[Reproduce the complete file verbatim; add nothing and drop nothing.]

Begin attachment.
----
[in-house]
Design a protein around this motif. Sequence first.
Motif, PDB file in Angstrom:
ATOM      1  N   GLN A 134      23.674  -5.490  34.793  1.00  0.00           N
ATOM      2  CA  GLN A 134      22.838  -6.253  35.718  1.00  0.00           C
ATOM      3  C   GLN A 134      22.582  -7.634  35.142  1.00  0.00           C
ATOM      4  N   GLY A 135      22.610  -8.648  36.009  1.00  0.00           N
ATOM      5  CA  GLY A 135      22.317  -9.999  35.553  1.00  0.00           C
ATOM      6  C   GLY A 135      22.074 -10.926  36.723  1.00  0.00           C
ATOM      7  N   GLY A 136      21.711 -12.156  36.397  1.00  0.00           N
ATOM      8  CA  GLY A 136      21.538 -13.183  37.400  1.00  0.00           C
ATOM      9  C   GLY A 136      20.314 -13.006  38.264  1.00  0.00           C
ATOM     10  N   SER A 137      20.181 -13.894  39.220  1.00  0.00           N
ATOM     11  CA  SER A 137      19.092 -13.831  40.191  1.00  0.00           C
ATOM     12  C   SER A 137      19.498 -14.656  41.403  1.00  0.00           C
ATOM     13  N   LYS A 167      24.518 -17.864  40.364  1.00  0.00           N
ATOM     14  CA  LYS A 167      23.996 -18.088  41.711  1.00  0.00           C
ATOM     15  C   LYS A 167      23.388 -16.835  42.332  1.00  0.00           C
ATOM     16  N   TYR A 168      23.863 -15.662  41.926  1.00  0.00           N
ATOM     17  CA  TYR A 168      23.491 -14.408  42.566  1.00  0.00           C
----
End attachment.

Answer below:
[in-house]
Design a protein around this motif. Sequence first.
Motif, PDB file in Angstrom:
ATOM      1  N   GLN A 134      23.674  -5.490  34.793  1.00  0.00           N
ATOM      2  CA  GLN A 134      22.838  -6.253  35.718  1.00  0.00           C
ATOM      3  C   GLN A 134      22.582  -7.634  35.142  1.00  0.00           C
ATOM      4  N   GLY A 135      22.610  -8.648  36.009  1.00  0.00           N
ATOM      5  CA  GLY A 135      22.317  -9.999  35.553  1.00  0.00           C
ATOM      6  C   GLY A 135      22.074 -10.926  36.723  1.00  0.00           C
ATOM      7  N   GLY A 136      21.711 -12.156  36.397  1.00  0.00           N
ATOM      8  CA  GLY A 136      21.538 -13.183  37.400  1.00  0.00           C
ATOM      9  C   GLY A 136      20.314 -13.006  38.264  1.00  0.00           C
ATOM     10  N   SER A 137      20.181 -13.894  39.220  1.00  0.00           N
ATOM     11  CA  SER A 137      19.092 -13.831  40.191  1.00  0.00           C
ATOM     12  C   SER A 137      19.498 -14.656  41.403  1.00  0.00           C
ATOM     13  N   LYS A 167      24.518 -17.864  40.364  1.00  0.00           N
ATOM     14  CA  LYS A 167      23.996 -18.088  41.711  1.00  0.00           C
ATOM     15  C   LYS A 167      23.388 -16.835  42.332  1.00  0.00           C
ATOM     16  N   TYR A 168      23.863 -15.662  41.926  1.00  0.00           N
ATOM     17  CA  TYR A 168      23.491 -14.408  42.566  1.00  0.00           C